He moved to Nevada, and worked some of the big ranches there. Wherever he worked, he made a point of seeking out the most troubled horses and offering to ride them. Many of the men he rode with had been doing the job since long before he was born and, to begin, with, they would snigger behind their hands at the sight of him mounting some crazy beast that had thrown the best of them a dozen times. They soon stopped though when they saw the way the boy handled himself and how the horse changed. Tom lost count of the horses he meet who had been seriously screwed up the stupidity or cruelty of humans, but he never met one he couldn't help.

For five years, this was his life. he came home when he could and always tried to be there for the times his father most need help. For Ellen, these visits were like a series of snapshots plotting her son's progression into manhood. ...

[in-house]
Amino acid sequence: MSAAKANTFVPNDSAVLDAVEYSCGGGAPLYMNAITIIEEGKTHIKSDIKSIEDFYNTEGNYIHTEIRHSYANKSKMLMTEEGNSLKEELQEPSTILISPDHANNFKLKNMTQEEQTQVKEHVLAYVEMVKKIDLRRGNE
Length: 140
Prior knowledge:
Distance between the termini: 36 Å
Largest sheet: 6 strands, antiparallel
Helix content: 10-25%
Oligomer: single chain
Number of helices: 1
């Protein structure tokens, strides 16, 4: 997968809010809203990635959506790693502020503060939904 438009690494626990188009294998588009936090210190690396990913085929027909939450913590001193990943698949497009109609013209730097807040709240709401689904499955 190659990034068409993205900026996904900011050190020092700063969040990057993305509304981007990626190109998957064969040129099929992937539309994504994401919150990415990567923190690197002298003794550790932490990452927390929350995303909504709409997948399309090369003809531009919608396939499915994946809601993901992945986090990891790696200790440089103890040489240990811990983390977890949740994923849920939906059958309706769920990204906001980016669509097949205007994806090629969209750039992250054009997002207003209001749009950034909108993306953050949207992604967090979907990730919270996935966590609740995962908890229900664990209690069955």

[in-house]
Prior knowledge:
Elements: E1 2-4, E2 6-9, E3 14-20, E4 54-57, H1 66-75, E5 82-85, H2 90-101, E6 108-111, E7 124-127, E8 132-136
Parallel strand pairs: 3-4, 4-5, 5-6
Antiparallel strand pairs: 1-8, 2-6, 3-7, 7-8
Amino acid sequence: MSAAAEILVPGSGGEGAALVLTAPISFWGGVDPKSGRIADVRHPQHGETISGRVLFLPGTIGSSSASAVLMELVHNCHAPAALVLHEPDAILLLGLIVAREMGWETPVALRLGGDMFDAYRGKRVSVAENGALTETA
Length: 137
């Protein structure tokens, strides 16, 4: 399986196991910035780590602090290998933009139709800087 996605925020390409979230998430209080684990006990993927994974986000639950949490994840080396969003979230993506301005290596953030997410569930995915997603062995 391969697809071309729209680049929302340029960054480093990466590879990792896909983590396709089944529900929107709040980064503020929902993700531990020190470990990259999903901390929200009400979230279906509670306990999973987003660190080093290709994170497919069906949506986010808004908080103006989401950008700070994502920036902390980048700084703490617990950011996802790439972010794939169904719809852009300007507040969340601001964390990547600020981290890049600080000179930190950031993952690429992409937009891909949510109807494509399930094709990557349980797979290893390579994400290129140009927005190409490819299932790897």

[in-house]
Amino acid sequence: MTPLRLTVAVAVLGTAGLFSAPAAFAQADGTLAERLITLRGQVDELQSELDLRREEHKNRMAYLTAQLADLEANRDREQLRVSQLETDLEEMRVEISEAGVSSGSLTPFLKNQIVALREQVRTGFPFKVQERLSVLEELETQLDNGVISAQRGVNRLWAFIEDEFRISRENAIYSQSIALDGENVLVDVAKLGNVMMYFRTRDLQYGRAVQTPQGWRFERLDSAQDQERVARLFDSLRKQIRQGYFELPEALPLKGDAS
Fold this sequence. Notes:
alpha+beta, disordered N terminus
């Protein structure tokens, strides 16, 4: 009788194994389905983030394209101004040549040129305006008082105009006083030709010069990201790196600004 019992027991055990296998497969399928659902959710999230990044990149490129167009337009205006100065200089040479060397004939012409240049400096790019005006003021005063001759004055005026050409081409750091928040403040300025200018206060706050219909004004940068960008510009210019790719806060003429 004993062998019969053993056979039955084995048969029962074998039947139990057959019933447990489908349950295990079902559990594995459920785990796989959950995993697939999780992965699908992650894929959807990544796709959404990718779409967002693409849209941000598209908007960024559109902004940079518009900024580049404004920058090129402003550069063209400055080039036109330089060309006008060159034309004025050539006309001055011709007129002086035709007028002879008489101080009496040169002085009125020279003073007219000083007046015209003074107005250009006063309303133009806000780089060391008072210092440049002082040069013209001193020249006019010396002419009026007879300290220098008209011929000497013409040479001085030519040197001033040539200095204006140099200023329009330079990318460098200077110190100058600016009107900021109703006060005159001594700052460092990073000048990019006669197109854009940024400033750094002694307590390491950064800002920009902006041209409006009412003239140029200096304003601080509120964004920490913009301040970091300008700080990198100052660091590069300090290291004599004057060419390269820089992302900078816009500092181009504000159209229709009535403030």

As time went by, people got to hear about the Booker boy and calls would come to wherever he happened to be working, asking if he would take a look at some horse or other they were having trouble with.

Develop you innate Healing abilities.

noise said...

Interesting analysis. Though it does sound like Mir Azaad Khan Baloch is pushing an agenda of sorts.

This ties back into AQ Khan lack of US pressure to get information and the lack of US cooperation with the Swiss. Which ties into the whole nuclear black market operation. Remember the strange meetings between high ranking US government officials and Gen. Mahmoud Ahmad (ISI chief) right around 9/11? Alexandrovna suggests the date may not be as important as some people suggest but the meetings are noteworthy. What issues were being discussed?

Many 9/11 researchers have made links between the CIA and the ISI, suggesting the chain is CIA>ISI>Al Qaeda.